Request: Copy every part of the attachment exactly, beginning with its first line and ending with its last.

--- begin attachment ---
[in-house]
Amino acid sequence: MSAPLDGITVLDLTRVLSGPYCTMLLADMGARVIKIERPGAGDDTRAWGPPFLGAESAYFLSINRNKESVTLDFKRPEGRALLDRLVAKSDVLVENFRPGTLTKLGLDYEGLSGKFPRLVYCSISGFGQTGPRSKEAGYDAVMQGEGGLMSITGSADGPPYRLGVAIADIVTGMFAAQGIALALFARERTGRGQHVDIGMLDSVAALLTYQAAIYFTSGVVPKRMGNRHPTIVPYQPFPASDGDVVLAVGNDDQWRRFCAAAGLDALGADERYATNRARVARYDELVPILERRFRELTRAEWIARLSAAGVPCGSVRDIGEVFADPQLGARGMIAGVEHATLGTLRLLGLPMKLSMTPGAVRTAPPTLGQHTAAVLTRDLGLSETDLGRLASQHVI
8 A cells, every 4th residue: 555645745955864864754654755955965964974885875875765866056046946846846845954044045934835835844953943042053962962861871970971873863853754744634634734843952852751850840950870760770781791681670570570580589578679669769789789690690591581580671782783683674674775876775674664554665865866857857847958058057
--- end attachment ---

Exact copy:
[in-house]
Amino acid sequence: MSAPLDGITVLDLTRVLSGPYCTMLLADMGARVIKIERPGAGDDTRAWGPPFLGAESAYFLSINRNKESVTLDFKRPEGRALLDRLVAKSDVLVENFRPGTLTKLGLDYEGLSGKFPRLVYCSISGFGQTGPRSKEAGYDAVMQGEGGLMSITGSADGPPYRLGVAIADIVTGMFAAQGIALALFARERTGRGQHVDIGMLDSVAALLTYQAAIYFTSGVVPKRMGNRHPTIVPYQPFPASDGDVVLAVGNDDQWRRFCAAAGLDALGADERYATNRARVARYDELVPILERRFRELTRAEWIARLSAAGVPCGSVRDIGEVFADPQLGARGMIAGVEHATLGTLRLLGLPMKLSMTPGAVRTAPPTLGQHTAAVLTRDLGLSETDLGRLASQHVI
8 A cells, every 4th residue: 555645745955864864754654755955965964974885875875765866056046946846846845954044045934835835844953943042053962962861871970971873863853754744634634734843952852751850840950870760770781791681670570570580589578679669769789789690690591581580671782783683674674775876775674664554665865866857857847958058057